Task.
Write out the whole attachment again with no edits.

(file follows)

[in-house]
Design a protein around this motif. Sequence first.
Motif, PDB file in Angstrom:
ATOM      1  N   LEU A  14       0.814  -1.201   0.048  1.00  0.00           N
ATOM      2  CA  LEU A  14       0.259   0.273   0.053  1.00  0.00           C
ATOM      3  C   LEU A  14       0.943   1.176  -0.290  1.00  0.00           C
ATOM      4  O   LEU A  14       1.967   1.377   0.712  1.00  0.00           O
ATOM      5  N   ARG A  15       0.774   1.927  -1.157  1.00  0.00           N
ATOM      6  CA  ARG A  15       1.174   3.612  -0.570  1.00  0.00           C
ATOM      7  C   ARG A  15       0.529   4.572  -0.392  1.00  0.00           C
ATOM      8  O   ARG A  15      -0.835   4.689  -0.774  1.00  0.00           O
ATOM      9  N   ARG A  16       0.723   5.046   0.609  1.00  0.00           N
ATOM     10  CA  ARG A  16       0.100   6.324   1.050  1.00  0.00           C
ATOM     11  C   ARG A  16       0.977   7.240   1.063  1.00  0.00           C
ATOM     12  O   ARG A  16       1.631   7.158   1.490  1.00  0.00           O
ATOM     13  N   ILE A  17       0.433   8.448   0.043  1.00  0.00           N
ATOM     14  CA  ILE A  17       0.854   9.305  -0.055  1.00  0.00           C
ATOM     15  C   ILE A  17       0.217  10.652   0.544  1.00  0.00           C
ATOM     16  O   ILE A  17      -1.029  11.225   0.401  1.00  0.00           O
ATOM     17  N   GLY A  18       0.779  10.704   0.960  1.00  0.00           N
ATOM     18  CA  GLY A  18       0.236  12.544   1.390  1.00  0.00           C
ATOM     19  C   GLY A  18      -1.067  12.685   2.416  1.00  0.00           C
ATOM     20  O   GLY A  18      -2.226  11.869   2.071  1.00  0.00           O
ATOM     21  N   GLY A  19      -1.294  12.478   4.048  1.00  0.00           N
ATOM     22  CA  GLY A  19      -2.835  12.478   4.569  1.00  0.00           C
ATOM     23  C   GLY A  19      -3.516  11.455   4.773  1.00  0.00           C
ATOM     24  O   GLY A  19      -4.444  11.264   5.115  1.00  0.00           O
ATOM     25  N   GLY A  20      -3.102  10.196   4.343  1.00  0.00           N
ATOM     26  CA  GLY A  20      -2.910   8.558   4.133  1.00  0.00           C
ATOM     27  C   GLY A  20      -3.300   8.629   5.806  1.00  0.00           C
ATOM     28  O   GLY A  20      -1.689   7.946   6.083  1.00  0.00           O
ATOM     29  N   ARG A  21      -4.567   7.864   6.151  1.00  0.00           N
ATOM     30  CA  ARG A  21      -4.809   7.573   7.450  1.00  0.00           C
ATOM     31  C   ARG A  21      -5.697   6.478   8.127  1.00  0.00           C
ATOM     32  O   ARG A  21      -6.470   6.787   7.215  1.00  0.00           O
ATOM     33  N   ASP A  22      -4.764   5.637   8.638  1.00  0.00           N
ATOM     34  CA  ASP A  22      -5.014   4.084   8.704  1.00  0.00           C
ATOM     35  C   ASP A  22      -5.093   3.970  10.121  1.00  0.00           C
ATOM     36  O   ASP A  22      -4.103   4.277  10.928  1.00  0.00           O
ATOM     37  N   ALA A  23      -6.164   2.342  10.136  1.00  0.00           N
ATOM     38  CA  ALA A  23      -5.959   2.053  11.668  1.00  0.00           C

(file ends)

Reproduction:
[in-house]
Design a protein around this motif. Sequence first.
Motif, PDB file in Angstrom:
ATOM      1  N   LEU A  14       0.814  -1.201   0.048  1.00  0.00           N
ATOM      2  CA  LEU A  14       0.259   0.273   0.053  1.00  0.00           C
ATOM      3  C   LEU A  14       0.943   1.176  -0.290  1.00  0.00           C
ATOM      4  O   LEU A  14       1.967   1.377   0.712  1.00  0.00           O
ATOM      5  N   ARG A  15       0.774   1.927  -1.157  1.00  0.00           N
ATOM      6  CA  ARG A  15       1.174   3.612  -0.570  1.00  0.00           C
ATOM      7  C   ARG A  15       0.529   4.572  -0.392  1.00  0.00           C
ATOM      8  O   ARG A  15      -0.835   4.689  -0.774  1.00  0.00           O
ATOM      9  N   ARG A  16       0.723   5.046   0.609  1.00  0.00           N
ATOM     10  CA  ARG A  16       0.100   6.324   1.050  1.00  0.00           C
ATOM     11  C   ARG A  16       0.977   7.240   1.063  1.00  0.00           C
ATOM     12  O   ARG A  16       1.631   7.158   1.490  1.00  0.00           O
ATOM     13  N   ILE A  17       0.433   8.448   0.043  1.00  0.00           N
ATOM     14  CA  ILE A  17       0.854   9.305  -0.055  1.00  0.00           C
ATOM     15  C   ILE A  17       0.217  10.652   0.544  1.00  0.00           C
ATOM     16  O   ILE A  17      -1.029  11.225   0.401  1.00  0.00           O
ATOM     17  N   GLY A  18       0.779  10.704   0.960  1.00  0.00           N
ATOM     18  CA  GLY A  18       0.236  12.544   1.390  1.00  0.00           C
ATOM     19  C   GLY A  18      -1.067  12.685   2.416  1.00  0.00           C
ATOM     20  O   GLY A  18      -2.226  11.869   2.071  1.00  0.00           O
ATOM     21  N   GLY A  19      -1.294  12.478   4.048  1.00  0.00           N
ATOM     22  CA  GLY A  19      -2.835  12.478   4.569  1.00  0.00           C
ATOM     23  C   GLY A  19      -3.516  11.455   4.773  1.00  0.00           C
ATOM     24  O   GLY A  19      -4.444  11.264   5.115  1.00  0.00           O
ATOM     25  N   GLY A  20      -3.102  10.196   4.343  1.00  0.00           N
ATOM     26  CA  GLY A  20      -2.910   8.558   4.133  1.00  0.00           C
ATOM     27  C   GLY A  20      -3.300   8.629   5.806  1.00  0.00           C
ATOM     28  O   GLY A  20      -1.689   7.946   6.083  1.00  0.00           O
ATOM     29  N   ARG A  21      -4.567   7.864   6.151  1.00  0.00           N
ATOM     30  CA  ARG A  21      -4.809   7.573   7.450  1.00  0.00           C
ATOM     31  C   ARG A  21      -5.697   6.478   8.127  1.00  0.00           C
ATOM     32  O   ARG A  21      -6.470   6.787   7.215  1.00  0.00           O
ATOM     33  N   ASP A  22      -4.764   5.637   8.638  1.00  0.00           N
ATOM     34  CA  ASP A  22      -5.014   4.084   8.704  1.00  0.00           C
ATOM     35  C   ASP A  22      -5.093   3.970  10.121  1.00  0.00           C
ATOM     36  O   ASP A  22      -4.103   4.277  10.928  1.00  0.00           O
ATOM     37  N   ALA A  23      -6.164   2.342  10.136  1.00  0.00           N
ATOM     38  CA  ALA A  23      -5.959   2.053  11.668  1.00  0.00           C